Mol Genet Metab. 2024 May 3;142(2):108489. doi: 10.1016/j.ymgme.2024.108489. Online ahead of print.

ABSTRACT

BACKGROUND: Canavan disease is a devastating neurometabolic disorder caused by accumulation of N acetylaspartate in brain and body fluids due to genetic defects in the aspartoacylase gene (ASPA). New gene therapies are on the horizon but will require early presymptomatic diagnosis to be fully effective.

METHODS: We therefore developed a fast and highly sensitive liquid chromatography mass spectrometry (LC-MS/MS)-based method for quantification of N-acetylaspartate in dried blood spots and established reference ranges for neonates and older controls. With this test, we investigated 45 samples of 25 Canavan patients including 8 with a neonatal sample.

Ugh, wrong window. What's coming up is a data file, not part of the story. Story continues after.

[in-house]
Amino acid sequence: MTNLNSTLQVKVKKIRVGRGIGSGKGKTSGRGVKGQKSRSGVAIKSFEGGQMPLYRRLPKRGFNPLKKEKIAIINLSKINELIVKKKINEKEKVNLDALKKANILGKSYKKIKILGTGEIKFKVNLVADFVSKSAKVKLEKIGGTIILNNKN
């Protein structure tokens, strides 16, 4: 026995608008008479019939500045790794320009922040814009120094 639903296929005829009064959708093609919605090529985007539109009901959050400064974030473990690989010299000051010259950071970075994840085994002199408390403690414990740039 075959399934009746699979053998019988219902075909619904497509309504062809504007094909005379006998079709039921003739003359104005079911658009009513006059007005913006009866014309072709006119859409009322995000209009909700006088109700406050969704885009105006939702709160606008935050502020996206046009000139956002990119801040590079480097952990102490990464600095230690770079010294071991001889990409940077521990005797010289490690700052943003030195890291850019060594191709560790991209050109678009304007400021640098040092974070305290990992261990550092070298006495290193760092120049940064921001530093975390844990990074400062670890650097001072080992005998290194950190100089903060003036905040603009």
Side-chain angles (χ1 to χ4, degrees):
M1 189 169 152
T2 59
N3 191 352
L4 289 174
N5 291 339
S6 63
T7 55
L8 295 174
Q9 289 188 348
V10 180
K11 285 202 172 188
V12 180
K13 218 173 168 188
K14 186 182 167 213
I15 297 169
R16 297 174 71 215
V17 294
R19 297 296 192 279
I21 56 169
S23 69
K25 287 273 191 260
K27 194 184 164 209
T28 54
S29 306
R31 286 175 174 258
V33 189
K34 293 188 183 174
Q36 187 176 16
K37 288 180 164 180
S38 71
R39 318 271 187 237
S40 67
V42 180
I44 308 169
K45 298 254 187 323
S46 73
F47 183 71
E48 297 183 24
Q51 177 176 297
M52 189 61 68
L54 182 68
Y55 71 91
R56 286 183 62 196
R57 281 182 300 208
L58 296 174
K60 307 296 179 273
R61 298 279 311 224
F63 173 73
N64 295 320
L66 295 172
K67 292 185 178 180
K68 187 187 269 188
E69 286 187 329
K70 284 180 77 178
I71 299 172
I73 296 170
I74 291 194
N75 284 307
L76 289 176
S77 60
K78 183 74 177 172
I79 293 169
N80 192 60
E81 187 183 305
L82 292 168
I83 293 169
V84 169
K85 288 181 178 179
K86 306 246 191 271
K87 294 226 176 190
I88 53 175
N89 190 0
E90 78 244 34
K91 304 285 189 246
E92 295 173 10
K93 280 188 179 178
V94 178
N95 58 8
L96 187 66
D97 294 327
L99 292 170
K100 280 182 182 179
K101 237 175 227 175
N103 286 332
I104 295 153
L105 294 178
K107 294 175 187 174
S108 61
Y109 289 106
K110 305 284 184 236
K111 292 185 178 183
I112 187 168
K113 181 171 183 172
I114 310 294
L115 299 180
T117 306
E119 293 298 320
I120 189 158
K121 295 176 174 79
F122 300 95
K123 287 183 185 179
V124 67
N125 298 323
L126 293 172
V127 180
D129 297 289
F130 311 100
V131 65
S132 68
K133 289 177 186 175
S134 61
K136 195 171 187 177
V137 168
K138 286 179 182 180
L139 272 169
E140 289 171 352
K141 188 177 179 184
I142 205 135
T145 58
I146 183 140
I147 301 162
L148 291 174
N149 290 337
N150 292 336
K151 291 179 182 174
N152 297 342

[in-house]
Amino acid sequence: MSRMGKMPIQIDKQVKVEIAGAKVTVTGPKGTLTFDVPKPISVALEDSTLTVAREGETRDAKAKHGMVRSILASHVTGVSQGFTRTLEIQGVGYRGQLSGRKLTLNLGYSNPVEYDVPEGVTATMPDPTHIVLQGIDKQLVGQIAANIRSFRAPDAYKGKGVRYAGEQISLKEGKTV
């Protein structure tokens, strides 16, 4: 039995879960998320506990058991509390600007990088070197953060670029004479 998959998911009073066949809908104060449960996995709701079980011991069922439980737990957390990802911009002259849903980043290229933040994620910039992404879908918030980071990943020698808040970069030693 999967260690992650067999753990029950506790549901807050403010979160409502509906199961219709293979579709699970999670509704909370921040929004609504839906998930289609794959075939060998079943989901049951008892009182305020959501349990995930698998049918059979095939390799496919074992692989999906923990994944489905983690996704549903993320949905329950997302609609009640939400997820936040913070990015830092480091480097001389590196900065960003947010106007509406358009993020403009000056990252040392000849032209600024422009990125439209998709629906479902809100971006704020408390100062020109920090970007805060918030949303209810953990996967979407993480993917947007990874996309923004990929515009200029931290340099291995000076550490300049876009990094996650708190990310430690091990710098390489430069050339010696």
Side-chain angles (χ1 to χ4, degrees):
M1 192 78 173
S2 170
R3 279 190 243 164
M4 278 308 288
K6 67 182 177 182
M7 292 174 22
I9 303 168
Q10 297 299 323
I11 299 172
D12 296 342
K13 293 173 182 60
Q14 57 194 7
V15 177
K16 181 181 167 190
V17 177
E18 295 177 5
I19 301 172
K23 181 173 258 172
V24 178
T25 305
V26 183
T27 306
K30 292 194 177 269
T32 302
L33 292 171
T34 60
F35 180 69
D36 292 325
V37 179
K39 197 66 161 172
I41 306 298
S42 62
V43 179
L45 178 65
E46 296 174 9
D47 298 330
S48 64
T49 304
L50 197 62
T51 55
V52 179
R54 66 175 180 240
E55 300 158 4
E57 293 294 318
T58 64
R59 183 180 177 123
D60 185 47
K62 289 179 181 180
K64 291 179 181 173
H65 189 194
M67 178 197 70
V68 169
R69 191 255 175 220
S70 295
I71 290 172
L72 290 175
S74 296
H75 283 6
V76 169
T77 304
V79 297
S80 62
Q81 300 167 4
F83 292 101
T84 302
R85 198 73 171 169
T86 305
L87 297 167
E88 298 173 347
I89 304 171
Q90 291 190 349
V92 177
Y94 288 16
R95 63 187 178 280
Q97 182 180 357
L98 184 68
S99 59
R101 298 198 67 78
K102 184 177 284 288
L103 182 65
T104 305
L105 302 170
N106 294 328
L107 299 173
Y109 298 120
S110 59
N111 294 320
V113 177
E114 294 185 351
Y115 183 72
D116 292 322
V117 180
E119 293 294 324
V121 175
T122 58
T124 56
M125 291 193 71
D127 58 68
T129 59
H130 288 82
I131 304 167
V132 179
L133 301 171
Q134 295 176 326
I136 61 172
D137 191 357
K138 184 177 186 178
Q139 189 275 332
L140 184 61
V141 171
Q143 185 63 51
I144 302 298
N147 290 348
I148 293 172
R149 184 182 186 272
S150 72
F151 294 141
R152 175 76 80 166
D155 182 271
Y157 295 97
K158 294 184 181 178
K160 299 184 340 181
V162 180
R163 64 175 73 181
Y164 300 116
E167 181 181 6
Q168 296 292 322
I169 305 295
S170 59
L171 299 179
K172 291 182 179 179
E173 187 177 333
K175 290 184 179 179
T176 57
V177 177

RESULTS: Measuring N-acetylaspartate concentration in dried blood with this novel test, all Canavan patients (with variable severity) were well separated from the control group (median; range: 5.7; 1.6-13.6 μmol/L [n = 45] vs 0.44; 0.24-0.99 μmol/L [n = 59] (p < 0.05)). There was also no overlap when comparing neonatal samples of Canavan patients (7.3; 5.1-9.9 μmol/L [n = 8]) and neonatal controls (0.93; 0.4-1.8 μmol/L [n = 784]) (p < 0.05).

CONCLUSIONS: We have developed a new LC-MS/MS-based screening test for early postnatal diagnosis of Canavan disease that should be further evaluated in a population-based study once a promising treatment becomes available. The method meets the general requirements of newborn screening and should be appropriate for multiplexing with other screening approaches that combine chromatographic and mass spectrometry techniques.

PMID:38718669 | DOI:10.1016/j.ymgme.2024.108489